At the time of writing we have completed our first schedule of Public Masses. We held two Sunday Masses at 10 o’clock and 12 o’clock, to which we will now add a 6.00 p.m. Vigil Mass on Saturday; and two weekday Masses on Tuesday and Thursday at 10 o’clock. We will also add an extra day for personal prayer, adoration and the Sacrament of Reconciliation. These are now available on Mondays and Wednesdays from 2.00-4.00 p.m. and on Saturdays from 3.00-5.00 p.m., but we have dropped the Sunday afternoon time as it wasn’t so well attended, and we now have the two morning Masses on the Sunday anyway. It’s all about feeling our way at the moment, but I have been struck by how we are very much creatures of habit. For example, we have had Confessions since 24th June, and until last week it was easily manageable for Father Antony and myself, but in the days leading up to churches opening again for Public Masses we were inundated with Confessions, and that’s what has led us to adding an extra day. I also wondered if the Sunday afternoons were quiet because people don’t associate Sunday with going to Confession. Also, despite the temporary lifting of the Sunday Mass obligation, and the encouragement to opt for a Weekday Mass if possible, so as to free up space on Sunday for those who can’t come to a Weekday Mass, the Sunday Masses both reached their 50 quota easily, while the weekday Masses have been only half-full.
Up to this point I have been responding to all the booking applications personally as we decided not to opt for Eventbrite or any other booking system. There is something jarring about seeing a notice saying that Masses are “sold out”, and so, despite the extra load, we have tried to operate through our own parish website. It certainly has a more personal feel about it, and I am gradually developing my own way of doing things, but I am asking people to be patient as I cannot always respond immediately because of other commitments – and I do need to eat and sleep now and again. A nice gentleman turned up for Mass on Tuesday morning and said he didn’t get confirmation of his booking. I asked him when he had booked, and he said it was 45 minutes previously. At that stage I was setting things up for Mass and preparing to open up for the volunteer stewards to arrive and set things in motion. There was no problem with him coming in though, once he was happy to give his contact details, because, as already stated, the midweek masses have been only half full. Another phoned while I was having my dinner and said they hadn’t received a reply to a booking request which was submitted only 15 minutes previously. Again, no problem, but please note, I am not on auto-response and, as we are asked to verify on PayPal and the like, I am not a robot.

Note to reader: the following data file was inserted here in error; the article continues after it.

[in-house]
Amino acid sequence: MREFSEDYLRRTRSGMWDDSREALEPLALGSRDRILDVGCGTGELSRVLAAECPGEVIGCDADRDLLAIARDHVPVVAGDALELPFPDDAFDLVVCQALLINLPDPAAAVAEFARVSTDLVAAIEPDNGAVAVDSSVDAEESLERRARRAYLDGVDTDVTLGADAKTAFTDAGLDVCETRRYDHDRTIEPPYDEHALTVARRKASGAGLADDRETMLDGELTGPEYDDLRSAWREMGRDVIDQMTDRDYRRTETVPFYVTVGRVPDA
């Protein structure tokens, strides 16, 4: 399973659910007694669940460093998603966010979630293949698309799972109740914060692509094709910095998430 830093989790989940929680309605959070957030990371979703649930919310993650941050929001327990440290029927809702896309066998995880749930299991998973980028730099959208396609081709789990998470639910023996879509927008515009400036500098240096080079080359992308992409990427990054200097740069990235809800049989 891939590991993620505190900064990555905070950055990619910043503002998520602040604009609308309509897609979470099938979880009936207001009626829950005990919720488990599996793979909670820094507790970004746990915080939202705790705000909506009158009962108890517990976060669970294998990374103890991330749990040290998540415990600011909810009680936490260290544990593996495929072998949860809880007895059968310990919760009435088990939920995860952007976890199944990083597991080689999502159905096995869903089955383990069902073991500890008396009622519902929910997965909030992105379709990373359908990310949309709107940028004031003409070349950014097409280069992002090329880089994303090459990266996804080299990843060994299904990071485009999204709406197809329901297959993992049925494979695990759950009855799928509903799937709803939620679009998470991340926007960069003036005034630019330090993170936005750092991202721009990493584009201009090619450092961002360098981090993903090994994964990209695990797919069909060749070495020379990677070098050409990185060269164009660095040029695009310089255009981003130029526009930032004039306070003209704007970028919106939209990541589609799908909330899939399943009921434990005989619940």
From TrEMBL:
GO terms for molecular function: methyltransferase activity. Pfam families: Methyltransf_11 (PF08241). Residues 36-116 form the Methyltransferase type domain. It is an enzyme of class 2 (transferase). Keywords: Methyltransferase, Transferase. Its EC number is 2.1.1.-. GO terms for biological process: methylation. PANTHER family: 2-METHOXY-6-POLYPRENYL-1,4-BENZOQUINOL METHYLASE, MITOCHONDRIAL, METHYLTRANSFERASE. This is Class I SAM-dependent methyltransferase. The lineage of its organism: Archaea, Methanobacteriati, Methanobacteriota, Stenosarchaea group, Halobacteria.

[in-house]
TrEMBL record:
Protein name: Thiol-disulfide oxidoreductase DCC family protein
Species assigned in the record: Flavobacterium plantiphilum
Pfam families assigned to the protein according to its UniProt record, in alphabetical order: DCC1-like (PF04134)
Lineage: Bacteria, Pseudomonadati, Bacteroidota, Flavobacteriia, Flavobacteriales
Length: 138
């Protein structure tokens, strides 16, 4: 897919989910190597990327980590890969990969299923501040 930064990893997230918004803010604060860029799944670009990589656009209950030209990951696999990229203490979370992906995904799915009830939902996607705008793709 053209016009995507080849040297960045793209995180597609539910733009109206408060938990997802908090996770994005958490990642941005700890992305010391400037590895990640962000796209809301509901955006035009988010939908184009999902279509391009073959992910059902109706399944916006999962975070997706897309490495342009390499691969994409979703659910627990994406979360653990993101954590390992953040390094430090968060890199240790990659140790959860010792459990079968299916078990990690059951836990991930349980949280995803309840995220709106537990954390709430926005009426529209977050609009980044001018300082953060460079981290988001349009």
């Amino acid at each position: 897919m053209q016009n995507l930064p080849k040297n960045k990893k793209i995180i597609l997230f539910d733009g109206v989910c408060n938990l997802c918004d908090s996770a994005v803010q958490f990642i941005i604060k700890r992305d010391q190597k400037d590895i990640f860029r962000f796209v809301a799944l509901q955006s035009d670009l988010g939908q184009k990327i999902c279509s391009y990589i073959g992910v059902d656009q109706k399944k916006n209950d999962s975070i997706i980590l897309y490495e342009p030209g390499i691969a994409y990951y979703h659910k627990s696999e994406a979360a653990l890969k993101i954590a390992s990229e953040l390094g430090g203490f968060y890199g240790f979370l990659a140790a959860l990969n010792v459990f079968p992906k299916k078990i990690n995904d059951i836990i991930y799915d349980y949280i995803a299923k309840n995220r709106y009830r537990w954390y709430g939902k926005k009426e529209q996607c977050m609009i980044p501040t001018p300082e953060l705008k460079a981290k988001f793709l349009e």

The first Public Mass here in St. Mungo’s was at 10 o’clock last Sunday. As I came out to begin the Mass, I felt fine, but as soon as I began the Introductory Rites, and welcomed people back, I felt myself filling up and, unashamedly, tears began to flow. I was told by some people afterwards that I set them off too, and why not, it was an emotional occasion, and it meant so much more to people than those who put public worship at the end of the queue after pubs, restaurants, coffee shops, card shops, D.I.Y. stores, and the like, gave credit for. So, despite the limitations, it’s wonderful to be gathering, listening, receiving the Holy Eucharist, and being sent out together, to live the Gospel, once again. Praise God! The news from Bishopbriggs is that Father Justinian has had a major clean-up job done on his room. His niece and sister-in-law arrived last Tuesday at around 11.00 a.m. and left at 3.00 p.m., and what a fantastic job they did. It is a total transformation. Father Antony is still enjoying being an uncle again. He was playing it cool, but I could see his concern when wee Liam was taken back into hospital with a slight jaundice, but he was out again next day, and Uncle Antony was a happy bunny once again. The big news, of course, is that Father Gareth will be back to us around the 19th/20th of August. His mum finishes shielding on the 16th and, once he sees she is coping okay, he will head back to us, and we are really looking forward to that.
As always, protect yourselves and your loved ones, and protect Christ in your lives.